This one sounds like a case of players who are worried about "you got ambushed, you're out of position, the bad guys get N rounds of free shots while you're scrambling into place" scenarios or who have actually endured them, perhaps routinely. If so, it can be solved by making it clear that this sort of thing won't ever happen - it's a house rule that if the ship is attacked, they ALWAYS get to battlestations in time to deal with it and the opposition never gets any edge on them as a result. And you then stick to that, no matter what the "rant rant realism" crowd might say.

  17. 2

    c. Coercing physically an ally after a joke - 2

    I'd actually want to hear the details of this one because you don't normally coerce allies.

    If it's something like 'grab him by the arm, drag him outside, and demand to know what he's playing at' (after he just needlessly insulted the important NPC), that probably isn't coercion in the morality sense.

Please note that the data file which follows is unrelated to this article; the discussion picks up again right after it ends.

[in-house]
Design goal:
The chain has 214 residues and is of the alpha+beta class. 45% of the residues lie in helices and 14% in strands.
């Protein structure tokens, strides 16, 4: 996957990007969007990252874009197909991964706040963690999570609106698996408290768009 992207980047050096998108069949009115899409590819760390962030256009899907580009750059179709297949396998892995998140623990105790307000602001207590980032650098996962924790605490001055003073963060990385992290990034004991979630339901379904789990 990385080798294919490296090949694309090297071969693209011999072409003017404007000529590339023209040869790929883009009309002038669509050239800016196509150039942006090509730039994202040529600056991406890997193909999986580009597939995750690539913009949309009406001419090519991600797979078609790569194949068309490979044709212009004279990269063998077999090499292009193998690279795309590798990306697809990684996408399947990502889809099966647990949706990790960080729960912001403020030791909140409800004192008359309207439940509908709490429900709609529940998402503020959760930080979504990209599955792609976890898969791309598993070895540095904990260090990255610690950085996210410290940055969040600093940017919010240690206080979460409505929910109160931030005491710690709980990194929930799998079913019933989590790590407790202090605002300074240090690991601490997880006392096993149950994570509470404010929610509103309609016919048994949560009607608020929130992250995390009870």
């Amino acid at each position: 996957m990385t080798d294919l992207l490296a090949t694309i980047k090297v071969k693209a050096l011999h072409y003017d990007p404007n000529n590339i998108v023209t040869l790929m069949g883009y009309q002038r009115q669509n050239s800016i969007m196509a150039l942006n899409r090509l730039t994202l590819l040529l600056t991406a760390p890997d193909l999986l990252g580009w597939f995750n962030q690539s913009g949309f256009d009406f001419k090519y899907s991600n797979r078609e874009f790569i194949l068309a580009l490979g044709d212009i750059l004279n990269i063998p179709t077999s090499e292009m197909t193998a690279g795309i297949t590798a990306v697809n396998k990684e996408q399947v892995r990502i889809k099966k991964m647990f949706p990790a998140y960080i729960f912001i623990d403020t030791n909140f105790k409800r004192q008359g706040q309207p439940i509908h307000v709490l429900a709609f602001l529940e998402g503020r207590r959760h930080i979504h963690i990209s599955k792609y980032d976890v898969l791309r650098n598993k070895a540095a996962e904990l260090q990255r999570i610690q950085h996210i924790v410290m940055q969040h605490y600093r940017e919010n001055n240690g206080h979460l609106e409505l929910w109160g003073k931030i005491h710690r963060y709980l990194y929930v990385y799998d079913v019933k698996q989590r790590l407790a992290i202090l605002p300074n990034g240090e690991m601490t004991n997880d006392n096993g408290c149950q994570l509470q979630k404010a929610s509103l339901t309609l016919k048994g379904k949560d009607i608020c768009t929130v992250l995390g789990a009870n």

18. or argue that they should be able to hire an NPC to take care of the job for them.

    Not a problem. Group designs and runs the hirelings that their main characters paid to do the job. Makes for a side story and potential recurring NPCs (or replacement PCs).


    As for the "keep them hungry" nonsense, there's a direct correlation between piddly payouts and PCs who strip every opponent/location/etc they deal with for resources. If you don't want the latter, don't do the former.

  19. If they're viewing obligation as a penalty then it's because they are, at least in part, right. Duty gives the players a boost (increased wound threshold) and morality can go either way (magnifies the conflict roll), but obligation slaps the party with a negative (reduced strain), and it's not like Edge characters get something else to offset that.

    Altering this aspect of obligation to something non-punitive might help. Dropping the strain penalty when obligation comes up and instead providing a boost when something pertaining to obligation is successfully resolved (the plot event is dealt with, obligation value is paid down, etc) is probably the simplest way to do it.